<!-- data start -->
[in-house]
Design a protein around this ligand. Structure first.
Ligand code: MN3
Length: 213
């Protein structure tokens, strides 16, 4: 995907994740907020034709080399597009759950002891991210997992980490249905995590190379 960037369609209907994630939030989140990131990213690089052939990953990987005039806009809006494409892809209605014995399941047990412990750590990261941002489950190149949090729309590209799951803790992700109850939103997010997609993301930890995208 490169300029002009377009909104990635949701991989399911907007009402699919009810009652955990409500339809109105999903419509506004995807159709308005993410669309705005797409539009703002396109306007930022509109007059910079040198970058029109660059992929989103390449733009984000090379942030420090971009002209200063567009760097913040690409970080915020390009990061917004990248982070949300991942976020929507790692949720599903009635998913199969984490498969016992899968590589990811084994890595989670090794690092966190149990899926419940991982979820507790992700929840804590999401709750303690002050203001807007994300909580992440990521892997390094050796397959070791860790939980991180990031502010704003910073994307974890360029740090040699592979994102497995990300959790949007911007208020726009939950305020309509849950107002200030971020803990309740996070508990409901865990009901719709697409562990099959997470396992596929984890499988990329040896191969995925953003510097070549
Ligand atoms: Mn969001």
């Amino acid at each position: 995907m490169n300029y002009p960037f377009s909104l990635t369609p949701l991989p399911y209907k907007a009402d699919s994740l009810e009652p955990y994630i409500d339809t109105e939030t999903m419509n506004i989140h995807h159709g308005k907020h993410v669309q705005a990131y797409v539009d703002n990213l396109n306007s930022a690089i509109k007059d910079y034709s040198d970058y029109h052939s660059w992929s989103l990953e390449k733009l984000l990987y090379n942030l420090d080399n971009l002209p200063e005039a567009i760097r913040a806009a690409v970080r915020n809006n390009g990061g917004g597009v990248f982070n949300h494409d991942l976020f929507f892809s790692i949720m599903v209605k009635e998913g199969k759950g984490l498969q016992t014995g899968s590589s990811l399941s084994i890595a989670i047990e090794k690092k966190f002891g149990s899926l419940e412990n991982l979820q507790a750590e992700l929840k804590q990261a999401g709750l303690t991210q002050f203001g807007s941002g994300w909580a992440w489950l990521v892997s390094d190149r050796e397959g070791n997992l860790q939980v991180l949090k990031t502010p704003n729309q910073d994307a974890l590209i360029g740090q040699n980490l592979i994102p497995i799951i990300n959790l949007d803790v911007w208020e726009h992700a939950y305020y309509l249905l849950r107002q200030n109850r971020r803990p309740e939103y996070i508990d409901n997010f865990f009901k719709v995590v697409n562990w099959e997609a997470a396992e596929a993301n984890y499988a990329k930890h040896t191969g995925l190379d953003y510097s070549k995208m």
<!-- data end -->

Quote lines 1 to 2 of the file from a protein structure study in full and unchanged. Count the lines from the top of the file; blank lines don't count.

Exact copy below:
[in-house]
Design a protein around this ligand. Structure first.